Eating healthily is a challenge for plenty of people. For example, some argue that a healthy diet is expensive to maintain. But, one Khayelitsha vegetarian has proven that greener food pastures can be found right in your backyard garden. At just twenty six Lufefe Nomjana has turned the healthy idea of baking his own bread using home-grown spinach, into a business.

Lufefe started Espinaca (‘spinach’ in Spanish) Innovations in 2012. It is a bakery he founded by using a neighbour’s oven.

“After twenty-three years of living an unhealthy lifestyle in an unhealthy environment, I realised that I have to first change my own lifestyle to a better one, in order to change my environment,” says ‘Popeye Spinach’, as he is affectionately known.

“Everything around me was unhealthy: the food people ate, drugs, gangsterism, even the water they drank.”

With that realisation Lufefe then, like his deliciously-baked goods, rose to the occasion and founded his business.

“I would use my neighbour’s kitchen early in the morning – before 6 a.m. – and again at night. First I baked five mini loaves and started doing tastings at the KTC Clinic and Spar. After seeing a good response, I started selling my bread.”

But how to grow the business, when he had no capital or business skills? Pick ‘n Pay came to his rescue and offered him a stove and a short course in cooking and baking. Lufefe is a 2012 graduate of the Raymond Ackerman Academy of Entrepreneurial Development, funded by the retail giant. Its objective is to provide entrepreneurship education to passionate youth.

Since then his business has grown like regularly-watered spinach.

“It is now the change-making agent in distributing nutritious food to pre-schools, orphanages, and to many individuals around my community,” says the young entrepreneur and health fundi.

Currently, he charges a mere R14 for the spinach-infused bread but offers a discount to children and disabled people. Gourmet muffins and scrumptious rusks are also the menu.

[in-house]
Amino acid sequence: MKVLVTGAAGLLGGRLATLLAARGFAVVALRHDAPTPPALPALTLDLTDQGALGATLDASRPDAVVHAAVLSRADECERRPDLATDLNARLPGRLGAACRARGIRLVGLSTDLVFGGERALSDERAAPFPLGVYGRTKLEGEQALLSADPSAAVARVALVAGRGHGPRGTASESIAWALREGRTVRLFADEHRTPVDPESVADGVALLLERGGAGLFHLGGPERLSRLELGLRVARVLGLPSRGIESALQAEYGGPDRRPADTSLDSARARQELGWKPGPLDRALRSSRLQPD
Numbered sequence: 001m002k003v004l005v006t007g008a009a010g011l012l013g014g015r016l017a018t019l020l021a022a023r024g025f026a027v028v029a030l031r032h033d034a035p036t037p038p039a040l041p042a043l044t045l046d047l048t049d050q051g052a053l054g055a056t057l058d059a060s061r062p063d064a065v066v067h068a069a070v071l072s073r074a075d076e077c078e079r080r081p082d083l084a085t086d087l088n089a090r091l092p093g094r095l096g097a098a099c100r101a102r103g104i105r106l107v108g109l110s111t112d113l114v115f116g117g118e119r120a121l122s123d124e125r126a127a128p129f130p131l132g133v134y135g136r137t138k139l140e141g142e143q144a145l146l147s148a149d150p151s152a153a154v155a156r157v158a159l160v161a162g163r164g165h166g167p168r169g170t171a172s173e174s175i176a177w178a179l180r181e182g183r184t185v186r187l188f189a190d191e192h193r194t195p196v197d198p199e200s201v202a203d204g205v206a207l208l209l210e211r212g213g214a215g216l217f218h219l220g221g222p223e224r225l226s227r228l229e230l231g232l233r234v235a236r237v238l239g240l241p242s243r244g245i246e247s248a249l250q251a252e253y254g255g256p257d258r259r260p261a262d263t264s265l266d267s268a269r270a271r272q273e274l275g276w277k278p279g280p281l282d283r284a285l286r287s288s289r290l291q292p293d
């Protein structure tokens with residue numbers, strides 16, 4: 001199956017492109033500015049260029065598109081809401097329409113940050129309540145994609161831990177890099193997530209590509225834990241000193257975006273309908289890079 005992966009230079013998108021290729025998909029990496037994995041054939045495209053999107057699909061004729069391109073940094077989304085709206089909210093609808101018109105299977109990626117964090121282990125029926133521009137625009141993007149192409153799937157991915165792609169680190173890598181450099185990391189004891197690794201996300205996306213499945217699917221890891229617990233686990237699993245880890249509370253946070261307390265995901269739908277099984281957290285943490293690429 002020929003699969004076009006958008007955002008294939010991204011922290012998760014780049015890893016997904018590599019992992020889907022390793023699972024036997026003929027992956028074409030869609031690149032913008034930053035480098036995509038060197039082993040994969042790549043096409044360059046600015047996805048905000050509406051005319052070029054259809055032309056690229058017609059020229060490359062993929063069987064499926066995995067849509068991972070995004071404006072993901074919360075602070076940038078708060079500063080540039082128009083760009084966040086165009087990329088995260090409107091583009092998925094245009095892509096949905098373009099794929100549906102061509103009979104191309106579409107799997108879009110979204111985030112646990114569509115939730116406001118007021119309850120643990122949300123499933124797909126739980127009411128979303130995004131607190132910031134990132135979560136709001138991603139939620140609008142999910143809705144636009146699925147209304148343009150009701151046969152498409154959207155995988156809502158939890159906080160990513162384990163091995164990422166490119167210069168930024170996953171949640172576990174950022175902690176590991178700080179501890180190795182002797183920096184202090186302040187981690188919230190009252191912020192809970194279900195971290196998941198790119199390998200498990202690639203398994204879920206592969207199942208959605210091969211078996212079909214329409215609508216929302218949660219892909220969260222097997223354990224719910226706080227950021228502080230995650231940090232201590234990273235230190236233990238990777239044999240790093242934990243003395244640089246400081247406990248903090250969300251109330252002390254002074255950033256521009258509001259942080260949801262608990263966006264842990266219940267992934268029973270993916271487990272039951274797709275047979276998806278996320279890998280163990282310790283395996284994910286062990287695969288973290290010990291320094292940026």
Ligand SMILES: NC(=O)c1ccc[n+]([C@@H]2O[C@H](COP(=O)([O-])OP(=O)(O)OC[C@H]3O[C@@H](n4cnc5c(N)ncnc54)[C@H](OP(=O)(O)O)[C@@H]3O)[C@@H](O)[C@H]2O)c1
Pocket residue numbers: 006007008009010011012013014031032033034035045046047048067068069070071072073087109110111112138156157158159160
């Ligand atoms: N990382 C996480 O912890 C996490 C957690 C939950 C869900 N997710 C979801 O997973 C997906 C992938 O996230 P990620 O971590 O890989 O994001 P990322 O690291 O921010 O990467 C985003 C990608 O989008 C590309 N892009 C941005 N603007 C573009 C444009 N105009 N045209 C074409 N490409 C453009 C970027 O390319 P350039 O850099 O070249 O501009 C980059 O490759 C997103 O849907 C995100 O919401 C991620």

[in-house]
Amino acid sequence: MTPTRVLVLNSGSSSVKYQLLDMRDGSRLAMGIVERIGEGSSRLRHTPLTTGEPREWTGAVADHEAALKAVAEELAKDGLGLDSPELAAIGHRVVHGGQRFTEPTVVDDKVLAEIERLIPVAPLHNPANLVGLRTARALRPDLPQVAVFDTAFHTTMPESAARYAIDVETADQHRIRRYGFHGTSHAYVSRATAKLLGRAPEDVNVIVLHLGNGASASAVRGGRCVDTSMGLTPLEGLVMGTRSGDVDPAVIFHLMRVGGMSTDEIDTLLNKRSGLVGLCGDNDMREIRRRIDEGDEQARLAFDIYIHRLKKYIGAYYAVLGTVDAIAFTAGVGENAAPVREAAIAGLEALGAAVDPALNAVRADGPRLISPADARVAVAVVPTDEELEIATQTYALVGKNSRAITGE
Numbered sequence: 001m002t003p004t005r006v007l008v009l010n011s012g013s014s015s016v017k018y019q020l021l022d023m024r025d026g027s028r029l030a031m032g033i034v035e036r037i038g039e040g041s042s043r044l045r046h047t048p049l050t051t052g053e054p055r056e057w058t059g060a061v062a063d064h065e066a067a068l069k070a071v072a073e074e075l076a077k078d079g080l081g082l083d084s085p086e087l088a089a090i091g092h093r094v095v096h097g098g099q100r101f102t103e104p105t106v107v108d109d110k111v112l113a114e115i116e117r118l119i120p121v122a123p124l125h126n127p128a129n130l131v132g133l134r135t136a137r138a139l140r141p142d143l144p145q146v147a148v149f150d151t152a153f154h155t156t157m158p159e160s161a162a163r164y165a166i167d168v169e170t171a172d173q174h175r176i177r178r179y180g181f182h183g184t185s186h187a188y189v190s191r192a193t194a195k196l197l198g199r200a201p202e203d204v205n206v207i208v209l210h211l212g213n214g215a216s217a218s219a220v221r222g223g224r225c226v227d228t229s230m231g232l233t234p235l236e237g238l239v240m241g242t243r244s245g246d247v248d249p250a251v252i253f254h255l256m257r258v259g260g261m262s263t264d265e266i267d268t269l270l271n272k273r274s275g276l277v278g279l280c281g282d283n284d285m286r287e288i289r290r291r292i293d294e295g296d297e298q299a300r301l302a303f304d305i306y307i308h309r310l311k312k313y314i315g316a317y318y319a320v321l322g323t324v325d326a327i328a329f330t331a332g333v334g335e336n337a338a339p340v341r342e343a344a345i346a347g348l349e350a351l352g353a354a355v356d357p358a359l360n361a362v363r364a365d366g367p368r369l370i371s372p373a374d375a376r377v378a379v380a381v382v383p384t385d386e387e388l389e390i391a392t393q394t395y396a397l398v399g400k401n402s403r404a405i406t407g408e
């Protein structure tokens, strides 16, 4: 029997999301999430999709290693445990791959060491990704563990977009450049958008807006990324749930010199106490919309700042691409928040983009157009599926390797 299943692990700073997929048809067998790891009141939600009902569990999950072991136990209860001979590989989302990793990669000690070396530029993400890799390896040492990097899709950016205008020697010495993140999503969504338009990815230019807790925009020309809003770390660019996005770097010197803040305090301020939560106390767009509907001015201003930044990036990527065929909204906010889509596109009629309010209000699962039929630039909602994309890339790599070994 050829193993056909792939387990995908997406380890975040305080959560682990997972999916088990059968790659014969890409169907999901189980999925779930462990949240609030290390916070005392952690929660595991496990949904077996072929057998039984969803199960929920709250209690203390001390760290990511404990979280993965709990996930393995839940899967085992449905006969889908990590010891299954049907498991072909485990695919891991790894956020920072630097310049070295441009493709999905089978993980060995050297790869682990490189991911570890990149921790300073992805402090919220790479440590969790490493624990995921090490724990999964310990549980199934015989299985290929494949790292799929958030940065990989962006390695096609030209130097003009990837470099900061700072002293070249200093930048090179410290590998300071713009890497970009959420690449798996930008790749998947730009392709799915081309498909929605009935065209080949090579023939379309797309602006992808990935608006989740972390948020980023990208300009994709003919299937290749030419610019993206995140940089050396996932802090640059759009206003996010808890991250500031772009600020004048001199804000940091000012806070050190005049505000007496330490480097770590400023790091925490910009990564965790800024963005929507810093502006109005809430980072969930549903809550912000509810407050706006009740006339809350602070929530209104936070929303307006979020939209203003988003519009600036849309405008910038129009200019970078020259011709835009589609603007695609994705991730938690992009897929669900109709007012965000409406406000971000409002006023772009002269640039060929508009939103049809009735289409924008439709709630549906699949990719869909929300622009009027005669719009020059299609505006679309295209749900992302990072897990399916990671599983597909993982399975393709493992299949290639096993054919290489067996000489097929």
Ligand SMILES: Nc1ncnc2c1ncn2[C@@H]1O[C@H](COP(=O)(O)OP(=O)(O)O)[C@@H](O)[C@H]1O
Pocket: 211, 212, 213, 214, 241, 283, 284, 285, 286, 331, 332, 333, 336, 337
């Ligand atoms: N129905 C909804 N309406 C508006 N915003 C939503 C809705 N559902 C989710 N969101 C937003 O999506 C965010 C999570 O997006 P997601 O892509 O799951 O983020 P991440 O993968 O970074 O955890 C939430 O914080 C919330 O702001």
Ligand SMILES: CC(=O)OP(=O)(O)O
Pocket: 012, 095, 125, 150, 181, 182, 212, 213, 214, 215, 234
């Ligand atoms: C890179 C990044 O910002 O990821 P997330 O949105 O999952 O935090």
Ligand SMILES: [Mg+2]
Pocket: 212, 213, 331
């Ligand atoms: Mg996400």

Lufefe has supplied a few branches of big names such as the local Pick ‘n Pay and Spar but he has even a bigger vision for his business.

“After a year we will be supplying the big retail stores – especially the local franchises – with our healthy, fresh products.”

It has not been easy to reach this point. Just like any growing plant, his business once experienced a dry season where its metaphoric ‘leaves’ just withered.

“The challenge was transportation, as I didn’t have my own delivery van. Myself, and others who assist me, each walked about twenty-five kilometres a day to do deliveries.”

Lufefe turned the situation around through a donation from an NGO – Espinaca now uses the cheap transport provided by bicycles to deliver health to his community at large. The donor, the Bicycling Empowerment Network (BEN), was established to promote the use of bicycles to address poverty and transport issues.

“Purchasing a vehicle wouldn’t be efficient or economically practical for this young business,” Lufefe says. Fuel is very expensive and so is maintaining a vehicle.

The fitness and non-polluting benefits of bicycles also represent the healthy-lifestyle seed he has been trying to plant in people’s minds. “I believe in making a change that will have an impact on the health and development of the world at large. This is how I will make a positive difference. These bicycles make our work easier and more efficiently distribute the ‘Green Solution’ to the people.”

“We will also receive bicycle training, such as how to follow safety procedures,” says Lufefe. “Myself and my team are beyond excitement that we finally have a delivery system set up! And thanks to BEN for providing us with the specially-designed bicycles,” he says.

In June 2014 Lufefe officially opened his new business premises, which is a recycled shipping container that is located in a yard. It currently has a monthly turnover of R20 000 and supplies over 200 clients. It sells approximately fifty loaves of healthy bread a day.

“The company will try expanding into another township in the coming months, using the bakery in Khayelitsha as the baking hub.”

Espinaca stands out from dozens of stalls selling fat- and carbohydrate-heavy fried chicken and pap along Spine Road, because it sells homemade vegetarian goods.

Espinaca Innovations is like a vegetable that is surrounded by weeds, but it still grows healthily. Its innovative founder declares that ultimately he has the bigger aim of changing peoples’ perceptions about food and the environment.

“What you eat in private, is what you wear in public.” (Anonymous)

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